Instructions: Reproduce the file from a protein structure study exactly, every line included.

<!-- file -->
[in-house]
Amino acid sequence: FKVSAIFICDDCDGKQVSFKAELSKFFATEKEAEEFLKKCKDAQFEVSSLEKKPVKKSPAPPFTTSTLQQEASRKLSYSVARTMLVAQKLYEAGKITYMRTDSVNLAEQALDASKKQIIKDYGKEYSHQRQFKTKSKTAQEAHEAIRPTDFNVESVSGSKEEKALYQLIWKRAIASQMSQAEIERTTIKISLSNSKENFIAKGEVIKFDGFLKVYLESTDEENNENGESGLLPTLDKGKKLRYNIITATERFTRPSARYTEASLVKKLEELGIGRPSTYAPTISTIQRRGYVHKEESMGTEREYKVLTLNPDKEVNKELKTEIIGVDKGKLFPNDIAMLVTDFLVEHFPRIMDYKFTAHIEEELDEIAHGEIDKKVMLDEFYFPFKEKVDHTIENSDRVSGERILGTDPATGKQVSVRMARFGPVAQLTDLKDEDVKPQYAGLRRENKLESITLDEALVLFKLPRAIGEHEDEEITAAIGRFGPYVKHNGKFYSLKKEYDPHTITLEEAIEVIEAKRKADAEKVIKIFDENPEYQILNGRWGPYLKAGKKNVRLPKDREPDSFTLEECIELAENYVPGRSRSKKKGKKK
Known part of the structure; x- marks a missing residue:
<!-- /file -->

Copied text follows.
[in-house]
Amino acid sequence: FKVSAIFICDDCDGKQVSFKAELSKFFATEKEAEEFLKKCKDAQFEVSSLEKKPVKKSPAPPFTTSTLQQEASRKLSYSVARTMLVAQKLYEAGKITYMRTDSVNLAEQALDASKKQIIKDYGKEYSHQRQFKTKSKTAQEAHEAIRPTDFNVESVSGSKEEKALYQLIWKRAIASQMSQAEIERTTIKISLSNSKENFIAKGEVIKFDGFLKVYLESTDEENNENGESGLLPTLDKGKKLRYNIITATERFTRPSARYTEASLVKKLEELGIGRPSTYAPTISTIQRRGYVHKEESMGTEREYKVLTLNPDKEVNKELKTEIIGVDKGKLFPNDIAMLVTDFLVEHFPRIMDYKFTAHIEEELDEIAHGEIDKKVMLDEFYFPFKEKVDHTIENSDRVSGERILGTDPATGKQVSVRMARFGPVAQLTDLKDEDVKPQYAGLRRENKLESITLDEALVLFKLPRAIGEHEDEEITAAIGRFGPYVKHNGKFYSLKKEYDPHTITLEEAIEVIEAKRKADAEKVIKIFDENPEYQILNGRWGPYLKAGKKNVRLPKDREPDSFTLEECIELAENYVPGRSRSKKKGKKK
Known part of the structure; x- marks a missing residue: